Falling object safety tips

The risk of injury from falling objects can be reduced if workers follow some simple safety steps.

The state of New York has many skyscrapers, and thus a lot of construction and maintenance projects are happening above people's heads. Whether it's window washing, construction, painting, or something else, it is important that workers adhere to safety standards in order to minimize the risk of an accidental injury due to a falling object. A few precautions in particular stand out and should not be forgotten.

Basic rules

The risk of falling objects causing injuries is clearly much higher when work is being performed overhead, such as with a scaffold. The following list of tips includes some key points:

· Any work area where there are safety hazards should be demarcated by warning signs or restricted with barricades.

· If a load is being moved above, workers should avoid the area below if possible.

· Catch platforms and debris nets should be used if possible. If not available, all scaffolds should have guardrails or toe boards to prevent anything from falling in the first place.

· All materials and tools should be properly secured.

· If anything is stacked, it should be a sturdy and uniform stack rather than one that is haphazard and slides around.

· Anytime work is being performed overhead, hard hats should be worn.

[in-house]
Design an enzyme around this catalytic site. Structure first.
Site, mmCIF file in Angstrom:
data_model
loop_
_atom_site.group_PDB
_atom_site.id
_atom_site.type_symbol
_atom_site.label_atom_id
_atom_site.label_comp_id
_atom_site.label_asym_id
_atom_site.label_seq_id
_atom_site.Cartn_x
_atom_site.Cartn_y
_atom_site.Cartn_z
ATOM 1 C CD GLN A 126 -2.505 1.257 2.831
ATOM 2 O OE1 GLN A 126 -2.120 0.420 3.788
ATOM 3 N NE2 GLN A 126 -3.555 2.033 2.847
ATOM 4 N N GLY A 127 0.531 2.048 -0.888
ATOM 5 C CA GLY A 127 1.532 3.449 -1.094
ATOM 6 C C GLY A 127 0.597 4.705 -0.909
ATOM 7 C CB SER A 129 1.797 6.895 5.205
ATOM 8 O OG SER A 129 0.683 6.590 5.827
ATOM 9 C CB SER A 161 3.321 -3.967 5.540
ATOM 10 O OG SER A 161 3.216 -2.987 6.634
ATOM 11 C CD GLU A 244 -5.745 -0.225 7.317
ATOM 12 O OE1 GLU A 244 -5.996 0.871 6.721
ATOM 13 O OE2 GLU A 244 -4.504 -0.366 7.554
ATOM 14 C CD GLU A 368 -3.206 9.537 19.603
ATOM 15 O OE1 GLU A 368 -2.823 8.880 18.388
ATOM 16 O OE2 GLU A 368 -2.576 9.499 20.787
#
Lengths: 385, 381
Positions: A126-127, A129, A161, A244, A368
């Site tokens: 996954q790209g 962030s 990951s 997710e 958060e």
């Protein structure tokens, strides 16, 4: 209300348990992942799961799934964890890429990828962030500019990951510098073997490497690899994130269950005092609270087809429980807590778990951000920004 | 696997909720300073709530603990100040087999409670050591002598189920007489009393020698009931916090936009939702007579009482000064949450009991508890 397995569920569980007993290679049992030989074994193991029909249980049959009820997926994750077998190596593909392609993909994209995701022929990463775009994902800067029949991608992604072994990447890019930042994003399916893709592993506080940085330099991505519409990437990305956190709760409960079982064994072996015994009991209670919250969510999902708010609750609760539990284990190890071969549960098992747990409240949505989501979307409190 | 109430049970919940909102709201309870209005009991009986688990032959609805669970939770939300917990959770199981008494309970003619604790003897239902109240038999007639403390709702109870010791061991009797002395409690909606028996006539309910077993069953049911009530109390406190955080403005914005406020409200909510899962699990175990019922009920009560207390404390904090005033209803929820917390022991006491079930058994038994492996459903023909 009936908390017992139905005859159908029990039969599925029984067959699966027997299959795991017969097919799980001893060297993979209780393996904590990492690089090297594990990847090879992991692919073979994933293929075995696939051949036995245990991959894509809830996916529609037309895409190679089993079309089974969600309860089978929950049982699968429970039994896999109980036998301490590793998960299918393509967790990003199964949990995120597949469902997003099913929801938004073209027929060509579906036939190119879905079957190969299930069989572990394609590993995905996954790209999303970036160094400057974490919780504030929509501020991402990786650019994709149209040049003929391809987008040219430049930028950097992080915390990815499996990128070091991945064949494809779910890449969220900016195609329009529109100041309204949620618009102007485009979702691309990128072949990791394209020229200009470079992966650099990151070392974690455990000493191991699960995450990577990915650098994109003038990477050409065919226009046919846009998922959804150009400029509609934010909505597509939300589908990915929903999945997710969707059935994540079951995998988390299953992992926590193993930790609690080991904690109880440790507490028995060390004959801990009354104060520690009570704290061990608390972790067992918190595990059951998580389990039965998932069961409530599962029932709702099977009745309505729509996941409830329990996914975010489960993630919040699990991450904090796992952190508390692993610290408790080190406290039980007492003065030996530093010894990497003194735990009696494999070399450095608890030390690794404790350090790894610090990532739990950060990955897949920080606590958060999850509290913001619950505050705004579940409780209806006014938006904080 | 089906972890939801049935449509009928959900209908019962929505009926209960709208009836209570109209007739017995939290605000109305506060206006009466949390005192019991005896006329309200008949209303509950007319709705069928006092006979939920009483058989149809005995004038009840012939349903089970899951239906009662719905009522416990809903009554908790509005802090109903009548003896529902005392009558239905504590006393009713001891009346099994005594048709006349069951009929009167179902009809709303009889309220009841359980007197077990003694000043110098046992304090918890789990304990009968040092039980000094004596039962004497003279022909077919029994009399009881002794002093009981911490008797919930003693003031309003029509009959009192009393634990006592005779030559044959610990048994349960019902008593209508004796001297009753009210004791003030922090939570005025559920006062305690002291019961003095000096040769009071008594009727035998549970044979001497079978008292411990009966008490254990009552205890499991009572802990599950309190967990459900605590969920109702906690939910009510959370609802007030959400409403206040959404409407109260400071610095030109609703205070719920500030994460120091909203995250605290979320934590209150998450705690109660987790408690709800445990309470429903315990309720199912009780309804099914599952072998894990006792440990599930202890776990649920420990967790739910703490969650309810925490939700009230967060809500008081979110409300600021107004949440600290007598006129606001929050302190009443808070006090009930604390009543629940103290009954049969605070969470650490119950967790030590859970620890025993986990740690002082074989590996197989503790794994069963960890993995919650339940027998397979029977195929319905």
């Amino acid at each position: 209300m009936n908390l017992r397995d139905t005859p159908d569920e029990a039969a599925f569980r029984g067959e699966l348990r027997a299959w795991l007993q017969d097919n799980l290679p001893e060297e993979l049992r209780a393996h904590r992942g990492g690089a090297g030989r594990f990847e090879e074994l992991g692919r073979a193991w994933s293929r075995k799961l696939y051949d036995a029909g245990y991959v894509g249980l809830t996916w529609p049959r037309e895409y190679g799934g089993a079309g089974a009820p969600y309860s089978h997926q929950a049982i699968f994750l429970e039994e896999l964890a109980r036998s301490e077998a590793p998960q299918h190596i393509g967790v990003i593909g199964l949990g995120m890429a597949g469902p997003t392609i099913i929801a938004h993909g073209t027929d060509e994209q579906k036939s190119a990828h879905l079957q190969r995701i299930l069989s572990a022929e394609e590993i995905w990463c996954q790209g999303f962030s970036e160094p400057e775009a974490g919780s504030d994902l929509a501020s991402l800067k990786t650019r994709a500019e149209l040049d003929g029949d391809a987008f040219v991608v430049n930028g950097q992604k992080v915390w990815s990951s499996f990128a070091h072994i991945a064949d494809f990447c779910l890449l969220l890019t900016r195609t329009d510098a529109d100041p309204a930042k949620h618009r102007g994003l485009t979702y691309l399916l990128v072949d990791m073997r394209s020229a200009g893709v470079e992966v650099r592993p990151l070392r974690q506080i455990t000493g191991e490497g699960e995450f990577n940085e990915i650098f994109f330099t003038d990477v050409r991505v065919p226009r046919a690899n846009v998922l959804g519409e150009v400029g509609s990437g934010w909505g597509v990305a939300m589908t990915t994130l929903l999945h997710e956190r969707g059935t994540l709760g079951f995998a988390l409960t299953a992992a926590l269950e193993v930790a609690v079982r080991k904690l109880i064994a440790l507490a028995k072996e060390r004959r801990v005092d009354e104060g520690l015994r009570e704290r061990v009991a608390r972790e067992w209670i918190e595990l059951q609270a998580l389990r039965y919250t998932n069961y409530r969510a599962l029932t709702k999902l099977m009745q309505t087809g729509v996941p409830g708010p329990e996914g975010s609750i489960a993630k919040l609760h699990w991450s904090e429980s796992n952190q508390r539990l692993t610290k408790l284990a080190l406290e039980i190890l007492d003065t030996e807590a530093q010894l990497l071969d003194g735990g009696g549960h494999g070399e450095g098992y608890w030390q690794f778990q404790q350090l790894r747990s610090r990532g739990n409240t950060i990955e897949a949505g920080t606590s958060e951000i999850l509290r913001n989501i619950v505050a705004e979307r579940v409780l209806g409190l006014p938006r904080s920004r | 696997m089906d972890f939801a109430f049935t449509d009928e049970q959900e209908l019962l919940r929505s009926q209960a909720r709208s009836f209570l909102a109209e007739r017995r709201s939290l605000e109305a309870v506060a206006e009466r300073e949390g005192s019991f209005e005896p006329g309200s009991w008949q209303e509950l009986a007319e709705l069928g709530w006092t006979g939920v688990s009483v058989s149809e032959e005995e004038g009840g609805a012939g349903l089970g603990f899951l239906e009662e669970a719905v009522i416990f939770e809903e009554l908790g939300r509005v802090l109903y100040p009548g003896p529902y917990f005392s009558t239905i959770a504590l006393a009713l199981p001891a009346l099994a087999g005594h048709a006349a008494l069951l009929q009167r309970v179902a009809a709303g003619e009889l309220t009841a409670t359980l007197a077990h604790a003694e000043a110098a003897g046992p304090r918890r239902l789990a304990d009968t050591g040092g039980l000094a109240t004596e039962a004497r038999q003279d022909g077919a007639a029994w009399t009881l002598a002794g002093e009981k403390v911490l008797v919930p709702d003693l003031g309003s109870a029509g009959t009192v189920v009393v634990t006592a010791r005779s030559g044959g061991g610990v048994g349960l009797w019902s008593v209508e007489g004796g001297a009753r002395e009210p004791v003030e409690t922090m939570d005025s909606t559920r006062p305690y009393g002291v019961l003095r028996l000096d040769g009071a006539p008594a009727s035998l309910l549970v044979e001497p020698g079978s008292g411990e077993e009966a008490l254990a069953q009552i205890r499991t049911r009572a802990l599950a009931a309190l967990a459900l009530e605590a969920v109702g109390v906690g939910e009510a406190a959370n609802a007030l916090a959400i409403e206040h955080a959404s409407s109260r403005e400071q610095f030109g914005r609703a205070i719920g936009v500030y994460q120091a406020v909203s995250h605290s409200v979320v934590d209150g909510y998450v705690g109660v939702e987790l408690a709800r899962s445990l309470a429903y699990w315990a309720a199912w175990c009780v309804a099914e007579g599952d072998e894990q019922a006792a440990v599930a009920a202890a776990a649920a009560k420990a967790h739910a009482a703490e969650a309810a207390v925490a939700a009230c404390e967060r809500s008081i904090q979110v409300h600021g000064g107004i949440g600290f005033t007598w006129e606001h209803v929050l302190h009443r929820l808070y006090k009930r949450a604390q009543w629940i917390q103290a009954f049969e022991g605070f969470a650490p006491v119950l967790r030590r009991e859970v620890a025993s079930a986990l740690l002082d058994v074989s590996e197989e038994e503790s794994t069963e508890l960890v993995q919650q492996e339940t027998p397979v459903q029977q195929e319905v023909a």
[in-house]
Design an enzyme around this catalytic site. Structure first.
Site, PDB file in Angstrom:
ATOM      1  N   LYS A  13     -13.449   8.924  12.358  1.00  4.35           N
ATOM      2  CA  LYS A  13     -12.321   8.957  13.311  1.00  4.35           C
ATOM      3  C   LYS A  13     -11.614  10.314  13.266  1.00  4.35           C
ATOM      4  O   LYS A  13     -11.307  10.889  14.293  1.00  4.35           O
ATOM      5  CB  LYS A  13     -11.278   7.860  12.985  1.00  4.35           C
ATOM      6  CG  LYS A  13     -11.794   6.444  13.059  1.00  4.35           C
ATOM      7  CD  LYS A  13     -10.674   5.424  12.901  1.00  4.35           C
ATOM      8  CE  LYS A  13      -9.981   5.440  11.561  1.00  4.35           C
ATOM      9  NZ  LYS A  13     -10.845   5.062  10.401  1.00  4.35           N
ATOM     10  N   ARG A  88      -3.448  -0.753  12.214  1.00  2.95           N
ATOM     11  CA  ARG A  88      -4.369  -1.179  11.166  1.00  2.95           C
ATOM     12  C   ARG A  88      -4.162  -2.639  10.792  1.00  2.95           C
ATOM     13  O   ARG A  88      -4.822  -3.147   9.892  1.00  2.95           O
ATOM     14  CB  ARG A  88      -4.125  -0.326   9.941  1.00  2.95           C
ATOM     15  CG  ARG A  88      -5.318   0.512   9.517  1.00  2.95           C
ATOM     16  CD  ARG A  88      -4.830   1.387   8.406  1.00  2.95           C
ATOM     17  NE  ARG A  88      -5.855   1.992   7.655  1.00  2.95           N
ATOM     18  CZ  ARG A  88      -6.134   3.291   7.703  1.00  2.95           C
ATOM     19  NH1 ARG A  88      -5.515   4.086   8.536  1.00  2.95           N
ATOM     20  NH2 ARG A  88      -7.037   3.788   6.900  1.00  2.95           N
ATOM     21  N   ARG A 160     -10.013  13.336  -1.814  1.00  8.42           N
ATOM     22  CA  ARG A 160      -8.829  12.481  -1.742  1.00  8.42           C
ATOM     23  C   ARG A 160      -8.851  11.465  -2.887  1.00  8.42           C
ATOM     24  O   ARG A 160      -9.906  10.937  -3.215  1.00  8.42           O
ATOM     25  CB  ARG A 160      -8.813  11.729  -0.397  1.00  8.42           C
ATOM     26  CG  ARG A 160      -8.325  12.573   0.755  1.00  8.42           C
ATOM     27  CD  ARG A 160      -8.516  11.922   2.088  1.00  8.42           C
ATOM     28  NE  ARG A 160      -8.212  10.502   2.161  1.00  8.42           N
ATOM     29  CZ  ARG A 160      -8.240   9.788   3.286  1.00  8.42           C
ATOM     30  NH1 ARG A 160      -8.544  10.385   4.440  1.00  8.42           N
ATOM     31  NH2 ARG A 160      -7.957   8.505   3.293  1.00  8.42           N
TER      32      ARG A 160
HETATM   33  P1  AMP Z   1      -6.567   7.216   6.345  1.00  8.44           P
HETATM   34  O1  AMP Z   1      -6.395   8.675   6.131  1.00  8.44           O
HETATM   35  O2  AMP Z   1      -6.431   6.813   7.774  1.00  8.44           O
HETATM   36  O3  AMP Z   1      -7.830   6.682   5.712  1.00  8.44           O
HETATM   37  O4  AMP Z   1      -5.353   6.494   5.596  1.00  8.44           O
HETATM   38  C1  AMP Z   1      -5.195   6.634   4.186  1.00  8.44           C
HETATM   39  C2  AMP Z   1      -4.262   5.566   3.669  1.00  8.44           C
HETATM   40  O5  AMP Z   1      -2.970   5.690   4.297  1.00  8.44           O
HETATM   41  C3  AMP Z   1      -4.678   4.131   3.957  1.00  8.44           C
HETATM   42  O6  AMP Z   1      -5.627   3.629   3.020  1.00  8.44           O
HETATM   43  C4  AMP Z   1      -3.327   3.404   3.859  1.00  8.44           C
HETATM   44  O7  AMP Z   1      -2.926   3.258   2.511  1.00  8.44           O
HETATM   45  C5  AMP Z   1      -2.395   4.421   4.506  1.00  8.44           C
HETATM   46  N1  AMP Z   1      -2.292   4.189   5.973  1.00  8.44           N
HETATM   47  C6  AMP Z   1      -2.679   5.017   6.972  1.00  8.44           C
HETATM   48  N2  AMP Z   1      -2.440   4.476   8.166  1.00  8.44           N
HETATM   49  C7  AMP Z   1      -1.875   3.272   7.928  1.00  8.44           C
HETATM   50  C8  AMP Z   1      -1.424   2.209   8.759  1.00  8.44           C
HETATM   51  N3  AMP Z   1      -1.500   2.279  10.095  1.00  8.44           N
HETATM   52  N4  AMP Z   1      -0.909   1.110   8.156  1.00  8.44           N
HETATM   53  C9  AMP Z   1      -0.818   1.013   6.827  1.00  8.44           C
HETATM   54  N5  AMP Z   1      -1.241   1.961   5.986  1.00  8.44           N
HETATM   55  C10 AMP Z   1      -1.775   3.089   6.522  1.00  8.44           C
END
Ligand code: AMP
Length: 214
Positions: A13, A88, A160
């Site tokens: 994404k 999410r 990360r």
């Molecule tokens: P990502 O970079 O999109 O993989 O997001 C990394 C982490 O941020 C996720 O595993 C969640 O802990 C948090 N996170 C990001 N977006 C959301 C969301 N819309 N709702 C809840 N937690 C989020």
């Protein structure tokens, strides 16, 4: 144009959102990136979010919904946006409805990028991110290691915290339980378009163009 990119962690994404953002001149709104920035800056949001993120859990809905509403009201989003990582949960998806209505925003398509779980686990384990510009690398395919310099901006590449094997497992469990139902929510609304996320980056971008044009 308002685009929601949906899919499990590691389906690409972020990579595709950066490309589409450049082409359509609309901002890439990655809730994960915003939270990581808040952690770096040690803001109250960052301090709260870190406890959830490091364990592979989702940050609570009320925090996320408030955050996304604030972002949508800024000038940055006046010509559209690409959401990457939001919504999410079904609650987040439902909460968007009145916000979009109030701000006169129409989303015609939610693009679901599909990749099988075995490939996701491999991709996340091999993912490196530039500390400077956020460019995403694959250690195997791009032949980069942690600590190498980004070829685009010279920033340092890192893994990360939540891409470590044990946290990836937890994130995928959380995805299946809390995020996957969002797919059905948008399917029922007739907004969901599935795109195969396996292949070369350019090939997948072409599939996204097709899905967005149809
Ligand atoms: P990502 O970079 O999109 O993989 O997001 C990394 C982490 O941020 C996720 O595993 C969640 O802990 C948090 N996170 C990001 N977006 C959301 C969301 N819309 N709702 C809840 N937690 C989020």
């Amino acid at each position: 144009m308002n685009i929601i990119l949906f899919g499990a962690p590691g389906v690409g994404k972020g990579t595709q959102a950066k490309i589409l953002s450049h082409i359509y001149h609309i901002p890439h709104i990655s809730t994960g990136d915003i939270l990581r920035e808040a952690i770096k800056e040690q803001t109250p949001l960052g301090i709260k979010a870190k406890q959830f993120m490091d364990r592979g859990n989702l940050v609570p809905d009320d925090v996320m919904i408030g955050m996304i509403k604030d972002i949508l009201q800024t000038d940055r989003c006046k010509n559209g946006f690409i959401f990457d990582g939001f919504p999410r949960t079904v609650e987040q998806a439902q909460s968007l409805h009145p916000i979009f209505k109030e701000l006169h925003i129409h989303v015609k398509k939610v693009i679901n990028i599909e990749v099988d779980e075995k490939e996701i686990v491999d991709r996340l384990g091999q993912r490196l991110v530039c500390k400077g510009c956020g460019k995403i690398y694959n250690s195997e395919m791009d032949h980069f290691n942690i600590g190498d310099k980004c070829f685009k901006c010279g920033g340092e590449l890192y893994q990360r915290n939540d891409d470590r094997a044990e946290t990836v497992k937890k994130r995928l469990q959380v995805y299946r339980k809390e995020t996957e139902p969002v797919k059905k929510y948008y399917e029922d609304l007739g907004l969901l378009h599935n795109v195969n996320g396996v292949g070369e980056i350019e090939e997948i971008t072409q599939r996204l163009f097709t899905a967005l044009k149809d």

Workers who practice the items in the above list will find their risk of concussion and other serious and minor injuries lessened considerably.

Additional protections

While the above list contains some basic practices to keep people safe on and around a job site, there are some more ways that workers and site managers can go above and beyond with falling object safety. For instance, keeping objects well-organized and tying up hoses and cords will prevent things from getting caught or damaged.

Workers should take care to maintain three points of contact when climbing up a structure. When equipment is being hoisted up to a higher area, it is a safety risk to use one hand to carry it up. Objects kept in unorganized piles also present a potential hazard. If someone were to pull a tool from the bottom of a pile, it could topple down. Tethering objects and keeping them organized can help reduce the likelihood of this from happening.

People in New York who have been injured by a falling object could end up dealing with costly medical bills. They may be able to obtain compensation for these costs, as well as for the pain and suffering involved with such an incident. To explore the option of possible financial compensation, it may be helpful to speak with a lawyer in the local area who practices personal injury law.